While Dwain Chambers' high-profile disciplinary hearing exemplifies everything athletics should not be about, tonight's Norwich Union Grand Prix in Birmingham offers a rich variety of reasons to remind people why the sport is still worth following.
The high point of the domestic indoor season will see appearances from numerous British athletes seeking to turn form into medals at next month's World Indoor Championships in Budapest, not least the 60 metres sprinter, Jason Gardener, while the presence of towering talents such as Haile Gebrselassie, running his last ever indoor race in this country, and the triple Olympic gold medallist Marion Jones, who is making her second and final indoor appearance of the season before beginning her training for Athens.
Jones faces a huge challenge in the first of her events in the National Indoor Arena, the 60m, where she faces Zhanna Block, the Ukrainian who beat her in the last 100m World Championship race she contested in 2001. While the American has rarely run the short sprint, Block is the reigning world indoor champion.
"My strength in the 100m is the second half and in the past I've been most challenged over the first 60m," said Jones, who won the 60m at New York's Millrose Games a fortnight ago in what was her first race after maternity leave. "By running these 60m I'm having to focus on the start."
But the 28-year-old from Raleigh, North Carolina, also wants to test the new long jump technique she has picked up since appointing her new coach, Dan Pfaff, last year. This will be Jones's first competitive appearance in the event since she won the bronze at the Sydney Olympics.
"I've learned more about the event in the time I have spent with Dan than I have in seven years on the circuit," she said. "In the past I relied solely on my speed on the approach run. Now I take a more controlled run and get my body into angles it has never been in before. I've improved my landings too - they are not such a thud."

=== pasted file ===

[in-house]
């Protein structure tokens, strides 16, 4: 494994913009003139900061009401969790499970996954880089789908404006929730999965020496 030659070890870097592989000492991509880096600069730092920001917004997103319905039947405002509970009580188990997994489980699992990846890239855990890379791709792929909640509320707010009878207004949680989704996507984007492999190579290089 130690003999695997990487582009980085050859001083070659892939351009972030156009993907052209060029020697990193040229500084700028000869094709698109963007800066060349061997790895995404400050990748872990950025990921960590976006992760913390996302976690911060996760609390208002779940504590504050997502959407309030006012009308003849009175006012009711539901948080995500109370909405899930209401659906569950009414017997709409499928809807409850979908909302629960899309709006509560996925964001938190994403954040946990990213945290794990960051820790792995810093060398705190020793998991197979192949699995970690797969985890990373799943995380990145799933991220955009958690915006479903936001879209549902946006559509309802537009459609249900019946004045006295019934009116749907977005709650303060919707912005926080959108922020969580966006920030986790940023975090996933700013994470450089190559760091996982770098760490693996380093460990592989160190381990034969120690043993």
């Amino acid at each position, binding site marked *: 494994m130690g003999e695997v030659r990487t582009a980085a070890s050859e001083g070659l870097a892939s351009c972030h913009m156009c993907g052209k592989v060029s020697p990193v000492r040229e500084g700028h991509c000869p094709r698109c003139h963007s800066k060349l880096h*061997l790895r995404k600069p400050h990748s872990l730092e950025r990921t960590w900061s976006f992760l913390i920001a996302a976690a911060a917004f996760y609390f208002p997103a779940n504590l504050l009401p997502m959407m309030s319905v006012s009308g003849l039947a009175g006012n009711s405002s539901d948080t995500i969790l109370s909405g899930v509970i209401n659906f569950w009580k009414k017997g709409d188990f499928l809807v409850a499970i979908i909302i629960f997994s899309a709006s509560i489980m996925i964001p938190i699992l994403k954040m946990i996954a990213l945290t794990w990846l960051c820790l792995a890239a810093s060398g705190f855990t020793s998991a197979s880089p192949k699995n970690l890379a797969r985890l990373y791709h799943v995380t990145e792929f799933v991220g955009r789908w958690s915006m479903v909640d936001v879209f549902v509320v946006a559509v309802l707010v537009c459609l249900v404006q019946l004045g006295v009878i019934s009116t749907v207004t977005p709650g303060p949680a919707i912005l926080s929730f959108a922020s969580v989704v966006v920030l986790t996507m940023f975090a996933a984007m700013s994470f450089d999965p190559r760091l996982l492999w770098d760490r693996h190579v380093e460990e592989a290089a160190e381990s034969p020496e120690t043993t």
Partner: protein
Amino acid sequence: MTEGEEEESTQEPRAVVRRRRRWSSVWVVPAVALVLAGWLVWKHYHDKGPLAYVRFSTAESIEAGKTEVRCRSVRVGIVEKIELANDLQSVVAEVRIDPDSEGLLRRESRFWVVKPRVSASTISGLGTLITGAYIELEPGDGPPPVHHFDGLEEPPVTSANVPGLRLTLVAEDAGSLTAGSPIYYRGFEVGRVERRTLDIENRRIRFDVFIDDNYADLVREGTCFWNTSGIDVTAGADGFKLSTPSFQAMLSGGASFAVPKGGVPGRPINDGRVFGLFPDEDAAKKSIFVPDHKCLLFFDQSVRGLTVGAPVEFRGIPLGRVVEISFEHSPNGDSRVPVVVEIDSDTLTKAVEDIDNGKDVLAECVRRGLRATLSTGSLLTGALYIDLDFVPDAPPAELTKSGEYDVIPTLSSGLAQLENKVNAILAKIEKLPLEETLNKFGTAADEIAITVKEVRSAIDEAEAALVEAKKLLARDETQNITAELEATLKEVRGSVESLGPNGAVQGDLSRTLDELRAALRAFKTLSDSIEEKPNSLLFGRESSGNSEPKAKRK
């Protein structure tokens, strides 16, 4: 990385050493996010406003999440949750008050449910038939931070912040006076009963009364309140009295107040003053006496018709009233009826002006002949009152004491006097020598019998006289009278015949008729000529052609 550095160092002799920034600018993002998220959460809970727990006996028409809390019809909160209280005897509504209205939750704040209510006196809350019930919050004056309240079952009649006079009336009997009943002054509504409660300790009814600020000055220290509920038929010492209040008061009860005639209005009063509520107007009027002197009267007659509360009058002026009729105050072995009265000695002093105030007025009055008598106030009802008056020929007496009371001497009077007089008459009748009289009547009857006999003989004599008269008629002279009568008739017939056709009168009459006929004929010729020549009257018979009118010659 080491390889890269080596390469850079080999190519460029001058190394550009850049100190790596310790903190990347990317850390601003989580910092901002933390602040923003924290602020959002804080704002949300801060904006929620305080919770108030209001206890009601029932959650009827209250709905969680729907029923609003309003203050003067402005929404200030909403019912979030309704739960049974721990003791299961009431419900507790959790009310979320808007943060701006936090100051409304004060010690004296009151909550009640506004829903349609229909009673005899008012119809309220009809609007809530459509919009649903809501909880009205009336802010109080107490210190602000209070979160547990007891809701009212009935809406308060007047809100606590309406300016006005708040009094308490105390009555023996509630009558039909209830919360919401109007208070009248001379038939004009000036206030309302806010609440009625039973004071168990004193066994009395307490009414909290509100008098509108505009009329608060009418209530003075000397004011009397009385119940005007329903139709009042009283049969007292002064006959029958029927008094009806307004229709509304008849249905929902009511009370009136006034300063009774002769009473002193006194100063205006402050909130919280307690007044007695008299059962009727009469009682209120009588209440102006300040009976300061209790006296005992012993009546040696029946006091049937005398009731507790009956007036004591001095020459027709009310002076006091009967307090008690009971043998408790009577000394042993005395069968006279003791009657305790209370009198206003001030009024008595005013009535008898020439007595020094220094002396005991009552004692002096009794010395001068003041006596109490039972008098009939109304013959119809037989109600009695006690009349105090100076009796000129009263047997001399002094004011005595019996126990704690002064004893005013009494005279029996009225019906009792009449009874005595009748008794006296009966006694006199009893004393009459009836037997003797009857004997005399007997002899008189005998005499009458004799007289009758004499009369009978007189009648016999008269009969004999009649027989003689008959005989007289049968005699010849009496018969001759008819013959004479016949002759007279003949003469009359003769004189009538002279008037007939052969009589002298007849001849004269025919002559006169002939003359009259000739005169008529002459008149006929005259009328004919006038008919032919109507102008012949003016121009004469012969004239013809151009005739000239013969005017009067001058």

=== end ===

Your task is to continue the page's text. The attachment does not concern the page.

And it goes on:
Should Gardener fail to win the 60m after equalling his own European record of 6.46sec in Karlsruhe last Sunday, the fall to earth will create an almighty thud. But the 28-year-old Bath athlete has been in such consistent form during an unbeaten run in which he has recorded the eight fastest times this season that such an event looks unlikely.
Any mistakes, however, in a notoriously unforgiving event, are likely to be exploited by Gardener's domestic rivals, Mark Lewis-Francis, making his first international appearance of the season, and Darren Campbell, for whom this will be the one and only indoor outing this year.
But the Briton most in need of a promising performance tonight is the local athlete Ashia Hansen, who won the world indoor title in this arena last March before undergoing an operation on her foot which has prevented her from competing until tonight.
Meanwhile, Kelly Holmes, the world indoor 1500m silver medallist, faces the woman with whom she shares a house, a coach and training facilities in South Africa over 1000m - the world and Olympic 800m champion Maria Mutola of Mozambique. The two friends meet over middle ground in a race that also includes Britain's Jo Fenn, who set the British 1000m record at this meeting last year.
The competitive nature of this race is likely to be matched by the women's 3,000 metres, which includes the world indoor record holder, Berhane Adere of Ethiopia, who won the 10,000m at the last World Championship in the absence of Paula Radcliffe, the Olympic 5,000m champion, Gabriela Szabo of Romania, and the world 5,000m champion, Tirunesh Dibaba.
Two other great rivals steer separate courses in the men's middle distance events, where Gebrselassie, who will concentrate on marathon running next year, has promised to attack the two miles world record of 8min 04.69sec he set in Birmingham last year while his young Ethiopian colleague, Kenenisa Bekele, who beat him to the world 10,000m title last year, will contest the 5,000m.
"I'm not getting old," said the 30-year-old double Olympic champion. "But I am losing speed."Reuse content